My plans for the Nexus 7 is to test it on all of its available Android versions to see how slower/faster it gets as it is updated. For the iPad 1st generation, I plan on installing an old version of OneNote on it as well as Apple productivity apps and using it as a notepad and portable but fairly large productivity device. For the Galaxy S II, I plan on debloating it to make it look like stock Android 4.0 rather than TouchWiz. For the A3, I honestly don’t know what my plans are for that yet but I have heard of some good custom ROMs for it. For the iPhone 3G, I plan on downgrading it to iOS 2.x, getting a box for it, and putting it on display as a collector’s item. As for the 3GS, a downgrade to iOS 4.1 seems likely and then I’ll test out some old apps and games.

What devices do YOU own and what do you use them for? What phones, tablets, and iPods do you plan on adding to your collection in the future and why? Leave your answers down below in the comments.

Hope you enjoyed this post!

-Chas

 

Living with the iPhone 4S as a main phone in 2019 (iOS 6)

My current main phone is a Samsung Galaxy S9. However, another phone I own is an iPhone 4S which I have downgraded to iOS 6.1.3. iOS 6 is the last iOS generation that has the classic user interface which iOS 7 abandoned for a more modern UI.

The current stable version of iOS (at the time of writing) is 12.4.1, and the latest available version of iOS is iOS 13.1 beta 1. iOS 6 is several major versions of iOS out of date. As you can guess, not many current versions of apps work on it. Any app that requires iOS 11 or later or does not support the iPhone 4S on its current version will refuse to offer an older version either for some reason, probably something to do with iOS 11 being 64-bit only and iOS 6 never having run on any 64-bit device.

First selection of apps I downloaded were games from developers such as Ketchapp, such as Twist and Stick Hero. Games like PAC-MAN and Stack did not support iOS 6 with their current version of apps but did have an older version which did. Apps like WordPress and Google, which demanded at least iOS 11 on their current versions, refused to even offer an old version and had to have an older version downloaded using a trick in iTunes and then sideloaded.

I’m actually typing this from my 4S now on iOS 6 using the WordPress app and so far it’s working fine. Viewing Notifications in the WordPress app, however, causes the app to break completely and the only way to get it working again is to reinstall it.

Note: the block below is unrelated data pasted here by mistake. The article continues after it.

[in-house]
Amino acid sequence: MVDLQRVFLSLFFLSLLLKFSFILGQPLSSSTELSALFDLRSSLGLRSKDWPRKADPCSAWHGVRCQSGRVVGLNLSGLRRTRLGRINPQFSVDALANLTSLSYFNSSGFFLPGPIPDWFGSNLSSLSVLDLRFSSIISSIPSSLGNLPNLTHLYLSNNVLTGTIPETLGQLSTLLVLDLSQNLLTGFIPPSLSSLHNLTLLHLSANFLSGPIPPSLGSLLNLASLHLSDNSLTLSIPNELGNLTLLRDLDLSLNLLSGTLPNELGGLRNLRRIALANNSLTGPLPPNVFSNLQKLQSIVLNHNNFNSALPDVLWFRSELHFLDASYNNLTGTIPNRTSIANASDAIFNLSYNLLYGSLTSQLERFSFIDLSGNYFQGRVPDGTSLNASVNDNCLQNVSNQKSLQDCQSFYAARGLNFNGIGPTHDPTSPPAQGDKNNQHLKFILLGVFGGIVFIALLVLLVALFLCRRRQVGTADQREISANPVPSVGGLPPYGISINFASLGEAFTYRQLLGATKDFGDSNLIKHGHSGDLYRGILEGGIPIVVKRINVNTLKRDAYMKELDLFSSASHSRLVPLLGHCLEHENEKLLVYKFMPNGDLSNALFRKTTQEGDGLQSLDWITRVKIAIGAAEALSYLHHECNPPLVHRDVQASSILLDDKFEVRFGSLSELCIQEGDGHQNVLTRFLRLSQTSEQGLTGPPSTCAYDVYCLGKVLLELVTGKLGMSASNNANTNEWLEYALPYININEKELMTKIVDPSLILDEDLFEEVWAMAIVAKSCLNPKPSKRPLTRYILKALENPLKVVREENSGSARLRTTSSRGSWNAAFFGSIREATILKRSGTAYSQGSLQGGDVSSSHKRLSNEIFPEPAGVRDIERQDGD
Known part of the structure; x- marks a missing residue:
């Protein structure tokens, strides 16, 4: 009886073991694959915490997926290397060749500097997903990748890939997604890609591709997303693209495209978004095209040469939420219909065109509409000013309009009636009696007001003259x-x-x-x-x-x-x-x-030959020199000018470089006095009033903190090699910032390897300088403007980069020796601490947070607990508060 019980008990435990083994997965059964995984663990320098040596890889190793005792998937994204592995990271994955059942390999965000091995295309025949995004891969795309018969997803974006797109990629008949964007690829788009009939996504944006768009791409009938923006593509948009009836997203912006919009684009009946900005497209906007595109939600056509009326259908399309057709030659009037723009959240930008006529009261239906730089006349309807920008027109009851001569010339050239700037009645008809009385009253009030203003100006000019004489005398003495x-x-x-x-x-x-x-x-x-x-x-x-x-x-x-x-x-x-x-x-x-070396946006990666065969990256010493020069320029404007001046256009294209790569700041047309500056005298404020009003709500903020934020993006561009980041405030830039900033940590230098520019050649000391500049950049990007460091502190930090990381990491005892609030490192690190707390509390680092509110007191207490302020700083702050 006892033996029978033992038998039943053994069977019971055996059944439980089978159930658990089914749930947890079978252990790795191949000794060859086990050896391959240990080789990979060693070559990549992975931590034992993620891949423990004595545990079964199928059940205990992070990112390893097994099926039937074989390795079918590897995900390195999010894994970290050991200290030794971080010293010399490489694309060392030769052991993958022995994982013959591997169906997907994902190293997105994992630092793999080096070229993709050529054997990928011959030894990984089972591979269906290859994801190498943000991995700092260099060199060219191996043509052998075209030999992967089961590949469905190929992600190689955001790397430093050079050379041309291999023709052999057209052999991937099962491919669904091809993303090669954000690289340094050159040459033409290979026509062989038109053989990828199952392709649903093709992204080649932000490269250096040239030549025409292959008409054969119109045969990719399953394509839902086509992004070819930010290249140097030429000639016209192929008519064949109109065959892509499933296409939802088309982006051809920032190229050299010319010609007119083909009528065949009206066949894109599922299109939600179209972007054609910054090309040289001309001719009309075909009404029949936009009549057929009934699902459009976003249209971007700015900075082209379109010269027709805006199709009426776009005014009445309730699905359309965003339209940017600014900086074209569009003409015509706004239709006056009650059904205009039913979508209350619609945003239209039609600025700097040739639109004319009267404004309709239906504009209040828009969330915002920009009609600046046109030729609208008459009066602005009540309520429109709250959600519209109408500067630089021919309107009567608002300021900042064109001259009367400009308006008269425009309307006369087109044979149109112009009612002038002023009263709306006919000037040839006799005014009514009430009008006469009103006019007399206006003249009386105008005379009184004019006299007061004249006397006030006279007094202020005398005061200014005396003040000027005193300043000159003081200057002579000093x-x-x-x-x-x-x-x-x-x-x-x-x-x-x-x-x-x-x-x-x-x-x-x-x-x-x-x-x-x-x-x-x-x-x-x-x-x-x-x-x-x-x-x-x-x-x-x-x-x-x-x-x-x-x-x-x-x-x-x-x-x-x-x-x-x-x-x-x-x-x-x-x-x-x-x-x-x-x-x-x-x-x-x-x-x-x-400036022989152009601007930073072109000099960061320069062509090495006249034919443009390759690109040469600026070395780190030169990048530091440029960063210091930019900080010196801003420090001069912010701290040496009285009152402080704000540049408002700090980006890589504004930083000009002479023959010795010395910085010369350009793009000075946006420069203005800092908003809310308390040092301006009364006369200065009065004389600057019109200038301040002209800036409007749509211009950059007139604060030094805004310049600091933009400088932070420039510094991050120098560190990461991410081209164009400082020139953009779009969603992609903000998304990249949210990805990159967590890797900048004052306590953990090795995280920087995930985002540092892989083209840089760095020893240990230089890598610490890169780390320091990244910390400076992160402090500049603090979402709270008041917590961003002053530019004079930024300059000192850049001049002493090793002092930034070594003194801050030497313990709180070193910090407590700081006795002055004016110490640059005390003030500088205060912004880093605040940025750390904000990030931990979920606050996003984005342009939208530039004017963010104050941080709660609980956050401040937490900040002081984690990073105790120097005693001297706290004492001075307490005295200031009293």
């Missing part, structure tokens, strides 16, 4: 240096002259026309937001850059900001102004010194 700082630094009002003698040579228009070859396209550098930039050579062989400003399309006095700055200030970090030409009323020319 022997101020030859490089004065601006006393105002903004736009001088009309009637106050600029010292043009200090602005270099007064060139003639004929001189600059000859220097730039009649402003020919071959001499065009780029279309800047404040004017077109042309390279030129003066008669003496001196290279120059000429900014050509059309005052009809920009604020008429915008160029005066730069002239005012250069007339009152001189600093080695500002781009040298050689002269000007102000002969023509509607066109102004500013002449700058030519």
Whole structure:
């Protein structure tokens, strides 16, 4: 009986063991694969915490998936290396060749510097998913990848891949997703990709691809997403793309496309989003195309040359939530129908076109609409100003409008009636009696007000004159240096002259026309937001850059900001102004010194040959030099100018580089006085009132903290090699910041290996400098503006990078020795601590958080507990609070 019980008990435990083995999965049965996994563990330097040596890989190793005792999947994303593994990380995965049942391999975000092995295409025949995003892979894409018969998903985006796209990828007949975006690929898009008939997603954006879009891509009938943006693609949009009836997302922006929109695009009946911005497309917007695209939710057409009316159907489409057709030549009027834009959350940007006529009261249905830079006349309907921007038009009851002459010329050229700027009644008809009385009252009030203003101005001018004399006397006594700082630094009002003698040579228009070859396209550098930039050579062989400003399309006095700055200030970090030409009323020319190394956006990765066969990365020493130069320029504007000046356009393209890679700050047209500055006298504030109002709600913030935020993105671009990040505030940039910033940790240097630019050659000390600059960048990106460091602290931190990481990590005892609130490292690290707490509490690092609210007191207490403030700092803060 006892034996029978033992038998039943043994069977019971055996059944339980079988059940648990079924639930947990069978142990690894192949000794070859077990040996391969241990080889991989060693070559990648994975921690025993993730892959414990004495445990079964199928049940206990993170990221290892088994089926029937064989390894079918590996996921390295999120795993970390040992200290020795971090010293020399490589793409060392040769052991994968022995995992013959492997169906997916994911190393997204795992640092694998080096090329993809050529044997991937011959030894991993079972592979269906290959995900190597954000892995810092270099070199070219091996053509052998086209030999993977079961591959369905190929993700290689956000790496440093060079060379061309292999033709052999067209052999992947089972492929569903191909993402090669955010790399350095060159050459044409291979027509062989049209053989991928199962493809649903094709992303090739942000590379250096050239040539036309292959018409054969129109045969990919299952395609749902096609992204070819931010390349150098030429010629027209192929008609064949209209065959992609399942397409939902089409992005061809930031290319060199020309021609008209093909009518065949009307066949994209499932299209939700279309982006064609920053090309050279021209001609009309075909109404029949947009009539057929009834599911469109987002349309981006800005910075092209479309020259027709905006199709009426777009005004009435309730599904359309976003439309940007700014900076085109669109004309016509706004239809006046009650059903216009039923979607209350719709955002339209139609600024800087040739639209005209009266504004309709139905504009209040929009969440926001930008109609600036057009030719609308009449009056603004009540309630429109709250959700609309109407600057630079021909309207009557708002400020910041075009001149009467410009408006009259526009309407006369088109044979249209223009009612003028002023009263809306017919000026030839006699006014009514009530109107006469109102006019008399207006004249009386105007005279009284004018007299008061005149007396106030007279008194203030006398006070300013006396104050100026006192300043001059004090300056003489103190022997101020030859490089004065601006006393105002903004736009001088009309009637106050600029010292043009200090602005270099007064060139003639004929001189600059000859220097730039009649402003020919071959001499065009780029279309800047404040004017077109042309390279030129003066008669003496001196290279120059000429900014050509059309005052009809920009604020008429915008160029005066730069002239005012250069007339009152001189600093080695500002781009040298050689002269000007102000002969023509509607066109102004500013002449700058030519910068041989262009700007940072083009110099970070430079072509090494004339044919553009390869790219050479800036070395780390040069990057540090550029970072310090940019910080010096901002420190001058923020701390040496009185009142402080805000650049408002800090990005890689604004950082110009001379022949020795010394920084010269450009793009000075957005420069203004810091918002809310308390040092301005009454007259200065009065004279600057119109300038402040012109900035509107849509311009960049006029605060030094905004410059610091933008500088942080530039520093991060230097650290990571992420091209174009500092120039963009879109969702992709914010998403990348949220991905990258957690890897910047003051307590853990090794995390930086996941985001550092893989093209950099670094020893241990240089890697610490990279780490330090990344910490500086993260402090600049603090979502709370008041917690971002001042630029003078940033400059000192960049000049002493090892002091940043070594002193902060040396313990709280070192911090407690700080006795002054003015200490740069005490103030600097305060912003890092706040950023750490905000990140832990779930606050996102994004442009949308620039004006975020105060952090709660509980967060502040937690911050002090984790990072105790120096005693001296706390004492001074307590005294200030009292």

Siri works fine; of course, features like ‘Hey Siri’ are missing and some languages only support one gender’s voice. However, testing out Siri, she appears to be capable of opening apps; stating her loyalty to Apple when I asked her about her preference between iOS and Android; sending text messages, and searching the Internet for definitions.

I chose Opera Mini as my preferred web browser. From my experiences with old iOS devices, Safari always lags and crashes on older iOS devices but Opera runs smoothly and rarely crashes. Some pages don’t display properly but quite a lot do as well. Opera Mini is amazing on old devices; it even runs well on my ZTE Racer, an Android phone from 2010 which wasn’t even a flagship at the time!

How well does it run? The iPhone 4S started off on iOS 5 and iOS 6 is its first major OS upgrade. It’s actually very snappy and opens some apps almost instantly but others like games take a little longer to load. Most apps run well and I can hold several apps in the background without lagging, unlike the exact same phone running iOS 9, which stutters when switching between apps and multitasking while keeping a smooth experience is almost impossible!

If you want the better app support, there’s always iOS 8.4.1, of which can be updated to from the Settings menu of iOS 6. I decided to stay on iOS 6 for the nostalgic user interface and snappy performance, but for some people, iOS 8 may be more suited to their needs. iOS 9, however, is near unusable on the iPhone 4S and that suits nobody unless you love waiting for ages for an app or webpage to load and you love that feeling you get when an app crashes, which you probably don’t.

Anyways, what iOS version does your older iDevice run and how well does it do so? Make sure to comment on this post. I did hope you enjoyed!

-Chas